I have a chart of the muscular system on the door, too. This both sets the mood and serves as a useful reference when I inevitably forget the name of that tiny muscle in the forearm. Or, you know, biceps.

I’ve also got an Echo here which can turn on my PC (see my old video for Android Authority if you want to know how to set that up) and some Hue lights which are overpriced but do a great job. This way, I can set scenes to match my mood: bright lights when I want to concentrate, or a light blue for working into the evening. I also use these for background lighting in YouTube videos.

VR headset

Otherwise, there’s a star globe, some old VR headsets, some figurines (they’re figurines Mum, not toys!). Oh and lots of books, which also serve as a reference when writing a lot of this stuff. I’ve run out of shelf space (they have to share it with my action films collection).

I also like to work with music, mostly synthwave, which I listen to on some Jabra Elite 85H headphones.

The Eudaimonia Machine

I mentioned this last time, but in his book Deep Work, author Cal Newport discusses the notion of the “Eudaimonia Machine.” This is a hypothetical space designed to encourage the maximum inspiration and productivity from an individual but using the right cues. What this book doesn’t really touch on, though, is just how subjective this should be. What inspires you and primes your mood is different to what puts me in a productive state. You might find that having a movie-accurate Optimus Prime stare at you is not helpful, for example. You do you.


But I encourage you to make this space yours, rather than turning it into what you think it should be. Be honest with yourself about how you work best and what you like to be surrounded by.

Incidental Training

Incidental training is the term I use to describe training throughout the day. Whenever you stop what you’re doing for 10 minutes to do a few reps of something, or to stretch, that’s incidental training. Likewise, when you curl your shopping as you carry it back to the car, that’s incidental training.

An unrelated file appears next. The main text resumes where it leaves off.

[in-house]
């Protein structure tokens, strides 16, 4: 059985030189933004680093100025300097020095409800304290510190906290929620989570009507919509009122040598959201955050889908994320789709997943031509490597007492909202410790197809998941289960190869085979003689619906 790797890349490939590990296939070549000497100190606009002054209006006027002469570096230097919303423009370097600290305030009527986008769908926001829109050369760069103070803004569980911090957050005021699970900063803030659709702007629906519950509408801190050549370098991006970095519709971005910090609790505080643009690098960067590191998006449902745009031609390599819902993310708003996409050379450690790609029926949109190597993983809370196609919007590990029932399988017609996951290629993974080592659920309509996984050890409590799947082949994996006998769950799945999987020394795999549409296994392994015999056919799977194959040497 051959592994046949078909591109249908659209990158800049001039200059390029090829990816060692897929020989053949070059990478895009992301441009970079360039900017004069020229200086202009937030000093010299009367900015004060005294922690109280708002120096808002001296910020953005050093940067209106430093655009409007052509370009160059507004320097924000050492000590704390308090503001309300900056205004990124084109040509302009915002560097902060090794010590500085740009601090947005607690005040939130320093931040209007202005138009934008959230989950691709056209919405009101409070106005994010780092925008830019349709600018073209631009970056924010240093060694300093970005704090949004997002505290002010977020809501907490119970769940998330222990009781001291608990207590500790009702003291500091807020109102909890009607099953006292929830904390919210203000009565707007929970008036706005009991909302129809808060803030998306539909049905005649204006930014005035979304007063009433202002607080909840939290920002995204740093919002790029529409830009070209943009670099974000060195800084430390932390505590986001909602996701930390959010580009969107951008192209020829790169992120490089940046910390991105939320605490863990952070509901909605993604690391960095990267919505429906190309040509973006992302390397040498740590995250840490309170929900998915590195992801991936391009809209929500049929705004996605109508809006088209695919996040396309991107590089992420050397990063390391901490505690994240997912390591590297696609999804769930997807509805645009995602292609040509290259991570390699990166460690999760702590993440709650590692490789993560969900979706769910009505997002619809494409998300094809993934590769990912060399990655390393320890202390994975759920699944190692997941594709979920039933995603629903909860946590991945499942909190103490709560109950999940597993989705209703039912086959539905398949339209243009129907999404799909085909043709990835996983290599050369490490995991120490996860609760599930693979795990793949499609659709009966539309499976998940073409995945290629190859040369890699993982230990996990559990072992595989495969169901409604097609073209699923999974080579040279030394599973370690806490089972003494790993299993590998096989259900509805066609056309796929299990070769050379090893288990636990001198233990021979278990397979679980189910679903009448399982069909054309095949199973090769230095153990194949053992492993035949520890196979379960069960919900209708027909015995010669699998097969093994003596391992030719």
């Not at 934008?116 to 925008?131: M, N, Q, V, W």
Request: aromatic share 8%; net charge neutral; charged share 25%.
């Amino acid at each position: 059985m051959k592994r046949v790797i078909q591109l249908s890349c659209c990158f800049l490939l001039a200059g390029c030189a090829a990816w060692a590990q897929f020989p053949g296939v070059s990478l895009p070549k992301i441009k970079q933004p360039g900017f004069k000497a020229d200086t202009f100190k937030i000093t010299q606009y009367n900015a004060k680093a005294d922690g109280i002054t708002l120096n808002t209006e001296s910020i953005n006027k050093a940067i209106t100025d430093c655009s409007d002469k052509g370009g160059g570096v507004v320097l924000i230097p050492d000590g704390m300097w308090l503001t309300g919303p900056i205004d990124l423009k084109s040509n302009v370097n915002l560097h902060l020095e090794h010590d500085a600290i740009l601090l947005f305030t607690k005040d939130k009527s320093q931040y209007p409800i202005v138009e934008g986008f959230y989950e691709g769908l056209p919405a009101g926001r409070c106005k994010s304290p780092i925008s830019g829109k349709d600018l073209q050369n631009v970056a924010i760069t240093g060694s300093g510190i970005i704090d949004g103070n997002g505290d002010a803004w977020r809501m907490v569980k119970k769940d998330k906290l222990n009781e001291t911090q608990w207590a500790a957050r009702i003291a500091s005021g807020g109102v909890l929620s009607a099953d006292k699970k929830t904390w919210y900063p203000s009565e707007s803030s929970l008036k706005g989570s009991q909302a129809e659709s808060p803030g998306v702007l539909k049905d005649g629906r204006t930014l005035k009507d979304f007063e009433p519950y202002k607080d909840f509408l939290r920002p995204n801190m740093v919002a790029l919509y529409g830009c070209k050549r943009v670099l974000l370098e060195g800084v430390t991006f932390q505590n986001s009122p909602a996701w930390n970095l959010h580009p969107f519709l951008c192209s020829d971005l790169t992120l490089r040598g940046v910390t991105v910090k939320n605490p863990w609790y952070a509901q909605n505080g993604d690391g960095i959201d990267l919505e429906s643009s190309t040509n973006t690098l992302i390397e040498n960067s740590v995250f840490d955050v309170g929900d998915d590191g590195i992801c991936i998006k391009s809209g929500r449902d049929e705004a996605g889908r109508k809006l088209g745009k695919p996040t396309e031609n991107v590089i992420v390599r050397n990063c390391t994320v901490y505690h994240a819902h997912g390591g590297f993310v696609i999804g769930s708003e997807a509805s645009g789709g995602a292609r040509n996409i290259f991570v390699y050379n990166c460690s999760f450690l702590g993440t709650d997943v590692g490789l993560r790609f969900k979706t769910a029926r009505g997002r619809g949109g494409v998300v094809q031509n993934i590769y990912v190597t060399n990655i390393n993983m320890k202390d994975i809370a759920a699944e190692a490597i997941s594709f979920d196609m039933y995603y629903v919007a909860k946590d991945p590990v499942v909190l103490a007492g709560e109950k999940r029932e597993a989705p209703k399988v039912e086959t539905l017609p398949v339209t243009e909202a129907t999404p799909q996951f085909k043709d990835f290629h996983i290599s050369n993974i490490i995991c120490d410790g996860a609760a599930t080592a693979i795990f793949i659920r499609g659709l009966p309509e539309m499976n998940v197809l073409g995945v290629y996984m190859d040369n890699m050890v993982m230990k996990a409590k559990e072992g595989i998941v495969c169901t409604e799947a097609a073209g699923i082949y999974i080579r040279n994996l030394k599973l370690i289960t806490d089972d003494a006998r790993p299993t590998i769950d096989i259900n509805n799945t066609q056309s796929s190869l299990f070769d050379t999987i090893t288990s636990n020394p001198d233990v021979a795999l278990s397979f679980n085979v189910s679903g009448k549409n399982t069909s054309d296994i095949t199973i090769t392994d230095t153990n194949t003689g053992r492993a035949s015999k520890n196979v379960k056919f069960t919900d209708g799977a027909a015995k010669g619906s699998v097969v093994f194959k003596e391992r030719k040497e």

To encourage this, I’ve filled my office with training tools and opportunities for movement. I have dip bars that I can use at any point to do dips, as well as bodyweight rows, and all kinds of other things.

Incidental training

I also have some lower, wooden parallettes for hand balancing. There’s a balance board, which is great for improving proprioception, as well as waking up the brain in general. I have juggling balls, dumbbells, a kettlebell, an Indian club. I also like using a Bullworker, which is a device for isometric training that happens to be perfect for working out in limited space.

See also: Incidental Training: Everything Can Be Training

Whether I’m practicing tuck planche push ups, banging out bodyweight rows, or having a juggle, I’m up and doing something multiple times throughout the day – and it has helped immensely with my progress.

Tuck planche push ups

In fact, I actually totally ripped off Cal Newport’s idea with my own hypothetical space: The Adaptation Facilitation Machine. This would be a space that would transform an individual into a fitter, stronger, more mobile version of themselves, simply by virtue of existing in it.

The environment shapes the organism. We’ve made a mistake by creating an environment with the singular goal of making us more comfortable. Adaptation to such an environment renders us slow and weak.

What if doors were designed to be too heavy to move? What if stairs required actual climbing? What if items were kept low or high up, to encourage us to jump or squat to reach them?